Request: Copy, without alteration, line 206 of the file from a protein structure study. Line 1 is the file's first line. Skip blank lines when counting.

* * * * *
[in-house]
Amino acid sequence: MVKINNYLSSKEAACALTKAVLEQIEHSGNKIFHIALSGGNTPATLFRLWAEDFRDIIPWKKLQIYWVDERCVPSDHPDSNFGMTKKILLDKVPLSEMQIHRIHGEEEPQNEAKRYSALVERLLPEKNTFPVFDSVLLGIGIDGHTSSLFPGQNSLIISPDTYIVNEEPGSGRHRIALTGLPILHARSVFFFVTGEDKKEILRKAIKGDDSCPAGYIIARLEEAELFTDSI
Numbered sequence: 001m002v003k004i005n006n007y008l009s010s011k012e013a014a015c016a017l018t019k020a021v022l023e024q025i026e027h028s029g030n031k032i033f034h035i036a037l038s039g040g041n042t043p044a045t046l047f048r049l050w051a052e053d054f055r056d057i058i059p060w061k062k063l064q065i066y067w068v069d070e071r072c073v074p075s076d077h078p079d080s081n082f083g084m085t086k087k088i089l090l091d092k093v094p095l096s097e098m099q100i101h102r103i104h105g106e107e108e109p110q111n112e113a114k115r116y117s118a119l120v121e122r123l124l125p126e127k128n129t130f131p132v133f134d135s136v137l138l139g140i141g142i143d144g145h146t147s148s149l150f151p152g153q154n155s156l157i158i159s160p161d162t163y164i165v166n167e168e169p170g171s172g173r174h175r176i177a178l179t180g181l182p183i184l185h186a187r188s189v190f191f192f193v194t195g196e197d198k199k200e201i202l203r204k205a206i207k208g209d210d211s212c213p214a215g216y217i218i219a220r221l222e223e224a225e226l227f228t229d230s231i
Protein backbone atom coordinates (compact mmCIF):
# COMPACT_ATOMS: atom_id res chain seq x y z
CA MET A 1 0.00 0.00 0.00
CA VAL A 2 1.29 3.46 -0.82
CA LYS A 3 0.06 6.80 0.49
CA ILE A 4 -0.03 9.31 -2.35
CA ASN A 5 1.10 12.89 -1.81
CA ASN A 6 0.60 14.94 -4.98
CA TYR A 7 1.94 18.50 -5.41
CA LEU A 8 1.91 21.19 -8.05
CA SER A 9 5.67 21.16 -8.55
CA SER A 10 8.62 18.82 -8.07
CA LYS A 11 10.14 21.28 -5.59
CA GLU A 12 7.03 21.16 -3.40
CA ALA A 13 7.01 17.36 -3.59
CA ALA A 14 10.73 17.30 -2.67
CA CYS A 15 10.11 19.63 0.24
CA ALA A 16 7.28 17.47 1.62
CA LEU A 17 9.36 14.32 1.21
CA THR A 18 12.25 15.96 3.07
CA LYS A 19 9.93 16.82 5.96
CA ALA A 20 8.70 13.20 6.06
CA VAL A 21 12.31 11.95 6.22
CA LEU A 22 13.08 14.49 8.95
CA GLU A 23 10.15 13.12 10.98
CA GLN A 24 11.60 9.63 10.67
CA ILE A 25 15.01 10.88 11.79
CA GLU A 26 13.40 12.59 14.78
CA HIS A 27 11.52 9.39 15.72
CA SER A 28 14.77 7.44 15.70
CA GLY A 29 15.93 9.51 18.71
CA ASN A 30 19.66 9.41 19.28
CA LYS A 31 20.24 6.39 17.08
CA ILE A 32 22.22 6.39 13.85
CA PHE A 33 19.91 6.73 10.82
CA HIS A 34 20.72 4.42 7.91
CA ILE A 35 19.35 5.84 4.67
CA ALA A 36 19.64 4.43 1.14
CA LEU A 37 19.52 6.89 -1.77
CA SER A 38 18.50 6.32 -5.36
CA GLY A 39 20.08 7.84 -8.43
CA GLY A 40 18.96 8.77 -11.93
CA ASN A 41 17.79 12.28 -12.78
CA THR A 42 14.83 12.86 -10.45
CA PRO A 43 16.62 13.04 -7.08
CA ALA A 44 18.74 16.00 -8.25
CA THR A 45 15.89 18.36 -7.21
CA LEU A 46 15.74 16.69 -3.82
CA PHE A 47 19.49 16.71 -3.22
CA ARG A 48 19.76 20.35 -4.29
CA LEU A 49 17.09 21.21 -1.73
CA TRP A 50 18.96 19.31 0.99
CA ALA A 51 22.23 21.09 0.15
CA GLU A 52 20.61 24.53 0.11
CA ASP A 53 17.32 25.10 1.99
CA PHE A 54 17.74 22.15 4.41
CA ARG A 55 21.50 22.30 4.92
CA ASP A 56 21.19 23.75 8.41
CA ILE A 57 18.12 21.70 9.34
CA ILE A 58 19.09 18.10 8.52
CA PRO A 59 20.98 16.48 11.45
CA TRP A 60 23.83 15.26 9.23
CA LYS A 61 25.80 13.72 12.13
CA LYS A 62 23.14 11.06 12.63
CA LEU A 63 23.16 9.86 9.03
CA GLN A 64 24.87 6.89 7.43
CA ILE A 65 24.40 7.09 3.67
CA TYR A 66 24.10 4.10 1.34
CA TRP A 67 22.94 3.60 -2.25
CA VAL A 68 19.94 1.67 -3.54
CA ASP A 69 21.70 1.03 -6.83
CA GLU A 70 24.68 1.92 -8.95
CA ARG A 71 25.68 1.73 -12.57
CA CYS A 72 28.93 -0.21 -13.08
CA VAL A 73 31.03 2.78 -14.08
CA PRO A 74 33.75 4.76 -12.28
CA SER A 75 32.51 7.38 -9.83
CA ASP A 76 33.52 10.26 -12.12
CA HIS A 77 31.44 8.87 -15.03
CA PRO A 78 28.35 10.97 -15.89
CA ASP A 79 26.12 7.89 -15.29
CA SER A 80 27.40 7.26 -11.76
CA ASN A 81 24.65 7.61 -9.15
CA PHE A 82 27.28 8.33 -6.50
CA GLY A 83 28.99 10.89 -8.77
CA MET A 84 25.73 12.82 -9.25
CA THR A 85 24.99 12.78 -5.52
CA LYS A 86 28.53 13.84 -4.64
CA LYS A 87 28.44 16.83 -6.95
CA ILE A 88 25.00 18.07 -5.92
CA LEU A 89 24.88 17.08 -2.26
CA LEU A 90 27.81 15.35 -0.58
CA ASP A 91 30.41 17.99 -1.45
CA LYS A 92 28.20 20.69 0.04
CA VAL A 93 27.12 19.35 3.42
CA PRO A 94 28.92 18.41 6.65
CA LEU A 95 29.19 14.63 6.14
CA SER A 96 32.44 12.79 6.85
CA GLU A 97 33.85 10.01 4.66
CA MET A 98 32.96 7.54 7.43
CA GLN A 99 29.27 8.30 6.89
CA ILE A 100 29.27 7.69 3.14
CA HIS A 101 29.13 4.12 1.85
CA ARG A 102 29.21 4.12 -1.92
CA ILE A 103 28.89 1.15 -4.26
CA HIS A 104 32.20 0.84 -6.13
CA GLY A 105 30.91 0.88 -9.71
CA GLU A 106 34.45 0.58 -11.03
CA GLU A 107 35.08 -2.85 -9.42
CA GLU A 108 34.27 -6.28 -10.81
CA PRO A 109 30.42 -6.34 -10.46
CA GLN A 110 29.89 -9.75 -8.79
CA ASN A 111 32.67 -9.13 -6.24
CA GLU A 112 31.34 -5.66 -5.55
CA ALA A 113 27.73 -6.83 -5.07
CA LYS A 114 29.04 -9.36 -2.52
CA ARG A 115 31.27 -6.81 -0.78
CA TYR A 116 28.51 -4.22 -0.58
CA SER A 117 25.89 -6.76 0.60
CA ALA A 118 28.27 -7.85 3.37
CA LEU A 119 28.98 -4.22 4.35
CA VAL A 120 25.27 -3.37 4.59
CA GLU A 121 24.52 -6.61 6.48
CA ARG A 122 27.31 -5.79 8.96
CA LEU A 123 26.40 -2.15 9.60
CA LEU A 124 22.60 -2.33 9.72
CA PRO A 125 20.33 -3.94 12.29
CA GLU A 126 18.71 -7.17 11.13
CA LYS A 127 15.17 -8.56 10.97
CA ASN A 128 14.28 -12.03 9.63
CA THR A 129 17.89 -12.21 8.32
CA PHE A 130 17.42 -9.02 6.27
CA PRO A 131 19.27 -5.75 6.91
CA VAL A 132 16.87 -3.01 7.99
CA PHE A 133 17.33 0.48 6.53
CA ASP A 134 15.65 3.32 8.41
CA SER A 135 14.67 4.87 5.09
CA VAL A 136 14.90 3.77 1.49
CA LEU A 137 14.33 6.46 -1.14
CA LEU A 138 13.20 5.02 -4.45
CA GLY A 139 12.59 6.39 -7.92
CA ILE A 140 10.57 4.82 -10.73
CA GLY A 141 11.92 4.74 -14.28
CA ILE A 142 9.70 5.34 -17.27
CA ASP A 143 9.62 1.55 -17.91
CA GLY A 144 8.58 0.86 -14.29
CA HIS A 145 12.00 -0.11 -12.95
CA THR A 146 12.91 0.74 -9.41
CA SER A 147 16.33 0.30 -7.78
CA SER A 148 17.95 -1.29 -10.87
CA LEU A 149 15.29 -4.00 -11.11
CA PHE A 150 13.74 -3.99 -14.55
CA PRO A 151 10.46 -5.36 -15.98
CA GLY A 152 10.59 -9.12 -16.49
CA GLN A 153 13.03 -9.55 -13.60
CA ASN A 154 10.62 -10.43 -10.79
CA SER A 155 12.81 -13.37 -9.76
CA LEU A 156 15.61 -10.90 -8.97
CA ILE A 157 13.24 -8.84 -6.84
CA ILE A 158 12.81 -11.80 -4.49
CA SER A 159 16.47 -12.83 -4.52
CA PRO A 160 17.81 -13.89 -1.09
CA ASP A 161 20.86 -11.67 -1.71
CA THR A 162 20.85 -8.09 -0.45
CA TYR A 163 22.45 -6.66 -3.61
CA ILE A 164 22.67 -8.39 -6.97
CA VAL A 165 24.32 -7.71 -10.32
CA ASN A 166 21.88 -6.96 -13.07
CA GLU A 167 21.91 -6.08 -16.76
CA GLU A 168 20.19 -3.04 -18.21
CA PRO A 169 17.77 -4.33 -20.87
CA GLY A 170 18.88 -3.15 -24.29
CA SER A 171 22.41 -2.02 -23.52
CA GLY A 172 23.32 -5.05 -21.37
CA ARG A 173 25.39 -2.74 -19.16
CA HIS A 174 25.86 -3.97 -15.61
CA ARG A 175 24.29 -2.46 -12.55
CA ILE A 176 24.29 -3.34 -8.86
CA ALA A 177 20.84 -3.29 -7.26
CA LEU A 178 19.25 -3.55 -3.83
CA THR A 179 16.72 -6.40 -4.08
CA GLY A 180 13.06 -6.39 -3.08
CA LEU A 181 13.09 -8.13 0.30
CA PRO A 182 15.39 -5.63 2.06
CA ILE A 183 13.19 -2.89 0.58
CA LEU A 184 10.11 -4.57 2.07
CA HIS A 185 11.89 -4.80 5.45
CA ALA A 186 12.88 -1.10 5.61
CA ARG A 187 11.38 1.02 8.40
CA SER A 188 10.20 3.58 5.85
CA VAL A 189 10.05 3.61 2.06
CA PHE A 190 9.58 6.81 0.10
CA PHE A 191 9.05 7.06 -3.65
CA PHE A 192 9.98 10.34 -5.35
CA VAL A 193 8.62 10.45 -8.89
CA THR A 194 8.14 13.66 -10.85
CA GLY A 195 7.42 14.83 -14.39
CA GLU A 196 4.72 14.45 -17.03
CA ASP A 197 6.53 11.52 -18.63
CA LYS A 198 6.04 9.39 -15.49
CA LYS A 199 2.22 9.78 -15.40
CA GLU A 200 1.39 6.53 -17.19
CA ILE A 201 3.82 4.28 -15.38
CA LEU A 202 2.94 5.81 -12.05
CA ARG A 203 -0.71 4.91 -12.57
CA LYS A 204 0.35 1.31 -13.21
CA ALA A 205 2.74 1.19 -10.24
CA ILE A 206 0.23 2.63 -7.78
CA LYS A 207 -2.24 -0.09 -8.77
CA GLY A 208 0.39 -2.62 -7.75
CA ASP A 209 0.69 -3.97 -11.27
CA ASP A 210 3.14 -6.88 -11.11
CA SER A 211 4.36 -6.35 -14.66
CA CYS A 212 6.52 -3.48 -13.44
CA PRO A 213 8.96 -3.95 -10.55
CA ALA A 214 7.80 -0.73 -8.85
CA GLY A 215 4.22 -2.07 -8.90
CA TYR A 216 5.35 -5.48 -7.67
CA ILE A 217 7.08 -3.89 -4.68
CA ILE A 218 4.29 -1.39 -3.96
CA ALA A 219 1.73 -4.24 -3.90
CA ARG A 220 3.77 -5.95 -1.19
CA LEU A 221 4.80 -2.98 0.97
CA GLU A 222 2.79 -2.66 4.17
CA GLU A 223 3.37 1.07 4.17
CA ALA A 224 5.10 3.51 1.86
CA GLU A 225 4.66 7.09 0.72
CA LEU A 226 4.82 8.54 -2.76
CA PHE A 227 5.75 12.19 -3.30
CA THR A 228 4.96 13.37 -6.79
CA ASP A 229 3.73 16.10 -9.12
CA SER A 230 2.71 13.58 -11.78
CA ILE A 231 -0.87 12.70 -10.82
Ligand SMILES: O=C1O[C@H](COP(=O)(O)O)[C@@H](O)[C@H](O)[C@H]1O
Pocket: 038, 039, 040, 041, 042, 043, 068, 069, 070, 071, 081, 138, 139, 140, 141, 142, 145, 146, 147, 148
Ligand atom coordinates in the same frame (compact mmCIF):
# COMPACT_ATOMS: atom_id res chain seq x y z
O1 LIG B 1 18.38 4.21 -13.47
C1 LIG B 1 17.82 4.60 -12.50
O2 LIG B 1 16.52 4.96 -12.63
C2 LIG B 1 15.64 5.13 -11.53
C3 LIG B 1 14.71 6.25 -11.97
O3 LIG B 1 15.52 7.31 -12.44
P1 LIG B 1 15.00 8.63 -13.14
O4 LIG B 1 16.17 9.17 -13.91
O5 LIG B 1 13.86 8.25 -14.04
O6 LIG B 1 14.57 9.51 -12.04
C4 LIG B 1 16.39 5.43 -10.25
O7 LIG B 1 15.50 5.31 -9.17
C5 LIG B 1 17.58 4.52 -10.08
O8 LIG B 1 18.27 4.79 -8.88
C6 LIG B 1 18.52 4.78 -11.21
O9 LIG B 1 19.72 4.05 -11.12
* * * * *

CA ILE A 201 3.82 4.28 -15.38